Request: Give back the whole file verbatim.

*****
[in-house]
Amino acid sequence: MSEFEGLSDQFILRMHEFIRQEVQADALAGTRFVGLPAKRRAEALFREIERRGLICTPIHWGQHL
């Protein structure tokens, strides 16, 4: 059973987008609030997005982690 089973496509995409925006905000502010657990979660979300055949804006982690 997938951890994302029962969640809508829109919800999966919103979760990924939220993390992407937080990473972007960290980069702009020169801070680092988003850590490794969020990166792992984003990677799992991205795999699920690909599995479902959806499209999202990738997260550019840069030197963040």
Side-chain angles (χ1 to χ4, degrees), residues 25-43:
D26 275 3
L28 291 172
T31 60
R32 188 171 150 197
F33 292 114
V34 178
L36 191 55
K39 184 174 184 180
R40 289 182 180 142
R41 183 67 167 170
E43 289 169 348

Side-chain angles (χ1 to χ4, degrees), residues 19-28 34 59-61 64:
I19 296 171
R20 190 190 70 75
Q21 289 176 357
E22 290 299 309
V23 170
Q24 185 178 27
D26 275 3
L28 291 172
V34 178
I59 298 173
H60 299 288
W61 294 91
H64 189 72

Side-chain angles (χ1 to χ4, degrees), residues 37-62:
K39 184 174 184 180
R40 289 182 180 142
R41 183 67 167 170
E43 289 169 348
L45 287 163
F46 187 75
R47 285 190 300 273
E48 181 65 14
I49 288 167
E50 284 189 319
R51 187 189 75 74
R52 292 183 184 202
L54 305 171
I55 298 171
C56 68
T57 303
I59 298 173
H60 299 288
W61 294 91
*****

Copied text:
[in-house]
Amino acid sequence: MSEFEGLSDQFILRMHEFIRQEVQADALAGTRFVGLPAKRRAEALFREIERRGLICTPIHWGQHL
């Protein structure tokens, strides 16, 4: 059973987008609030997005982690 089973496509995409925006905000502010657990979660979300055949804006982690 997938951890994302029962969640809508829109919800999966919103979760990924939220993390992407937080990473972007960290980069702009020169801070680092988003850590490794969020990166792992984003990677799992991205795999699920690909599995479902959806499209999202990738997260550019840069030197963040």
Side-chain angles (χ1 to χ4, degrees), residues 25-43:
D26 275 3
L28 291 172
T31 60
R32 188 171 150 197
F33 292 114
V34 178
L36 191 55
K39 184 174 184 180
R40 289 182 180 142
R41 183 67 167 170
E43 289 169 348

Side-chain angles (χ1 to χ4, degrees), residues 19-28 34 59-61 64:
I19 296 171
R20 190 190 70 75
Q21 289 176 357
E22 290 299 309
V23 170
Q24 185 178 27
D26 275 3
L28 291 172
V34 178
I59 298 173
H60 299 288
W61 294 91
H64 189 72

Side-chain angles (χ1 to χ4, degrees), residues 37-62:
K39 184 174 184 180
R40 289 182 180 142
R41 183 67 167 170
E43 289 169 348
L45 287 163
F46 187 75
R47 285 190 300 273
E48 181 65 14
I49 288 167
E50 284 189 319
R51 187 189 75 74
R52 292 183 184 202
L54 305 171
I55 298 171
C56 68
T57 303
I59 298 173
H60 299 288
W61 294 91